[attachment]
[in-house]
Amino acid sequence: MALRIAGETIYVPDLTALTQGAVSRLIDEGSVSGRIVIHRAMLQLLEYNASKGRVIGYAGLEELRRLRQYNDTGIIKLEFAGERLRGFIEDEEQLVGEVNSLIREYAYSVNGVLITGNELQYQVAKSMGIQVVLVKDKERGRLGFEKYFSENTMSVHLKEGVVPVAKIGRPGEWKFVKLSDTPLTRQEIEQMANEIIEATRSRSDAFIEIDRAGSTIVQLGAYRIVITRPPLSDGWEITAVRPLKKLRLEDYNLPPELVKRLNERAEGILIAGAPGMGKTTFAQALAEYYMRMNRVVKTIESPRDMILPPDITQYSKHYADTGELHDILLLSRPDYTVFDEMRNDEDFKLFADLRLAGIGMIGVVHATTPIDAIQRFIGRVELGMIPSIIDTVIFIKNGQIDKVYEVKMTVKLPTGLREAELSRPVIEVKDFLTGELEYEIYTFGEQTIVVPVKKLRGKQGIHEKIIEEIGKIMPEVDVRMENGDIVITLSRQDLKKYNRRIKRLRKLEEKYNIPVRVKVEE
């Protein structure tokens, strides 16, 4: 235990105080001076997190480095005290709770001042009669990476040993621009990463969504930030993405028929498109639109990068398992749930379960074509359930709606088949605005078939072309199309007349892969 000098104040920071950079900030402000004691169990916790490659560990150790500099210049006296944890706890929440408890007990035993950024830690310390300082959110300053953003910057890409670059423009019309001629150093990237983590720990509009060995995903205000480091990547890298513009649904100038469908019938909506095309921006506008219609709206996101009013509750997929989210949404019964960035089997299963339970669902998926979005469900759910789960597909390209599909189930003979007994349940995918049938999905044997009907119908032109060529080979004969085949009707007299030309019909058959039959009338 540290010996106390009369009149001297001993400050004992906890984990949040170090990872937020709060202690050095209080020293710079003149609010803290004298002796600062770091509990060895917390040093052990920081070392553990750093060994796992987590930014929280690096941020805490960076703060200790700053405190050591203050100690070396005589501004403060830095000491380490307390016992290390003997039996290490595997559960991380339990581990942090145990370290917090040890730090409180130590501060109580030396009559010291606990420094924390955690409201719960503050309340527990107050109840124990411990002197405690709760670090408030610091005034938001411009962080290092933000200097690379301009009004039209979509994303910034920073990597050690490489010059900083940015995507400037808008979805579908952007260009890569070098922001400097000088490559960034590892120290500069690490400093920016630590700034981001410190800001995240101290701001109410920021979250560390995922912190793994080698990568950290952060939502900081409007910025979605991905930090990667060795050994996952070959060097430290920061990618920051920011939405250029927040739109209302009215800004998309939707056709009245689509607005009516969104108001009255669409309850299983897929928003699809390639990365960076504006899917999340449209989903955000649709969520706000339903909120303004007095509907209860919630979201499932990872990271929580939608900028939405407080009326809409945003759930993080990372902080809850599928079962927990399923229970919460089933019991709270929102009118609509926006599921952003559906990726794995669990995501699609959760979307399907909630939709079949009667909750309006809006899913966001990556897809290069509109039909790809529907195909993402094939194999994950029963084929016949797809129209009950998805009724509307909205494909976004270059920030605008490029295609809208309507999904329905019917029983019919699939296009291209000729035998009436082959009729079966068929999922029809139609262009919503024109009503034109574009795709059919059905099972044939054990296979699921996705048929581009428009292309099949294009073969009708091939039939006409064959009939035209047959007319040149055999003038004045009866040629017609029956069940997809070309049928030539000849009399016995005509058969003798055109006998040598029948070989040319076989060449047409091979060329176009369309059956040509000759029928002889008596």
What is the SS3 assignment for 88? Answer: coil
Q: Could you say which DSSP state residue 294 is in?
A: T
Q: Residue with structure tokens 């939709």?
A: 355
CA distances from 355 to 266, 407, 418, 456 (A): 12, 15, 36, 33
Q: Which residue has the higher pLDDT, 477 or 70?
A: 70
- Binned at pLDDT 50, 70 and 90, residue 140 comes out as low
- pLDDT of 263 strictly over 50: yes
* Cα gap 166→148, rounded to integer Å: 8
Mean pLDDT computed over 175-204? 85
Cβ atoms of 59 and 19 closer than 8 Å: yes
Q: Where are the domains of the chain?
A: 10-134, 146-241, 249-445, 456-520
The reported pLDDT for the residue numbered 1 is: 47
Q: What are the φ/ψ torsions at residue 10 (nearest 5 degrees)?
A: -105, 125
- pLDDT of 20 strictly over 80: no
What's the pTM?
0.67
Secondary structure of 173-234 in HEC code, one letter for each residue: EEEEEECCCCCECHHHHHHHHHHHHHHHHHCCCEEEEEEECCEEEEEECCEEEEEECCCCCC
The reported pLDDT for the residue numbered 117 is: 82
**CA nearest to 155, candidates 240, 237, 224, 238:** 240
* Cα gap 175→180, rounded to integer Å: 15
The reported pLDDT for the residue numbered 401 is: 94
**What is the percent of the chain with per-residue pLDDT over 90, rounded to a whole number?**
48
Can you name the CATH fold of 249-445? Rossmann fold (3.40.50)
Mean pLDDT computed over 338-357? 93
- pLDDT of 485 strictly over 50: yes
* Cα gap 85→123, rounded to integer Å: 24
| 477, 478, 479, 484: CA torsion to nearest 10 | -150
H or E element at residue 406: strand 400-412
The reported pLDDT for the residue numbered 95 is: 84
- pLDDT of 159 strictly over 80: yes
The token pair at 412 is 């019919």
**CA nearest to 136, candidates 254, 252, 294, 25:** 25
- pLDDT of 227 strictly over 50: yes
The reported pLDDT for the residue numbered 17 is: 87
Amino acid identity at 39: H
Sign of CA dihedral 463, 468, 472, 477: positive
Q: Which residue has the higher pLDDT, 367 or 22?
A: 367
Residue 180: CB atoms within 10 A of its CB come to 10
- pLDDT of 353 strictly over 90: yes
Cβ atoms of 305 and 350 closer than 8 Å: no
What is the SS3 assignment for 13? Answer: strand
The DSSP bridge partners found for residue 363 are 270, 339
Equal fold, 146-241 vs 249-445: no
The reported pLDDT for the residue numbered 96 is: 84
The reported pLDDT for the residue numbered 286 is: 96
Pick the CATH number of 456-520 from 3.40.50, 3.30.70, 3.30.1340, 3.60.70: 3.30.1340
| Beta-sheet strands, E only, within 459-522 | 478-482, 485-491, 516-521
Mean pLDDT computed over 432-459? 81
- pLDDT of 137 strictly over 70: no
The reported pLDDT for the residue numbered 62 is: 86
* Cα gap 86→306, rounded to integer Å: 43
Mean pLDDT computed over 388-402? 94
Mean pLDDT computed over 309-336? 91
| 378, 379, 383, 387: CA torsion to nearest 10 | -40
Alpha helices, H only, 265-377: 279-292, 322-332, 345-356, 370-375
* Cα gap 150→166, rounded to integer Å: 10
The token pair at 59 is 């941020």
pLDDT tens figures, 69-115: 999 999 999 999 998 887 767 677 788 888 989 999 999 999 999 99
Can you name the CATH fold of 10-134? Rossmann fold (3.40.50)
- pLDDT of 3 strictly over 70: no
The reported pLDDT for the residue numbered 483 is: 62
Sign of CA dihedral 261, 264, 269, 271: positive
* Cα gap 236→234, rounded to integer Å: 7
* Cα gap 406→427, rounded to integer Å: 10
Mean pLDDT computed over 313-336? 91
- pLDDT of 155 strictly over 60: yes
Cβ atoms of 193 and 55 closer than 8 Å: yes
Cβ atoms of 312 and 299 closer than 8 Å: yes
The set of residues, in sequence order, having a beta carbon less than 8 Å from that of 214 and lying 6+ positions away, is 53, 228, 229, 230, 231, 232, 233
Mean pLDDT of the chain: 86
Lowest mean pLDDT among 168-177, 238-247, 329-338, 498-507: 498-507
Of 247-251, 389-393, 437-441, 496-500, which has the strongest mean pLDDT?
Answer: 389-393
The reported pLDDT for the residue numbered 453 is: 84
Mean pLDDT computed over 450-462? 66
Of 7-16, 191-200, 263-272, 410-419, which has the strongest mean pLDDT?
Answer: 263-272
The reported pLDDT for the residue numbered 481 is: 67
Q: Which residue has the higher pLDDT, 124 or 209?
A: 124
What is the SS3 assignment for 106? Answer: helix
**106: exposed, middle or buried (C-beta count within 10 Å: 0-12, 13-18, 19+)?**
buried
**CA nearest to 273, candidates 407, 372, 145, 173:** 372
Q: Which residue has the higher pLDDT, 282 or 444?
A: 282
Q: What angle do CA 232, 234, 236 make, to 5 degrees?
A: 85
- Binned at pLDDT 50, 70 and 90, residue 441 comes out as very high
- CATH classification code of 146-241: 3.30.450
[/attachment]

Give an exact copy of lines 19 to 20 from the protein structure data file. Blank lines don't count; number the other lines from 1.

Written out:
The reported pLDDT for the residue numbered 1 is: 47
Q: What are the φ/ψ torsions at residue 10 (nearest 5 degrees)?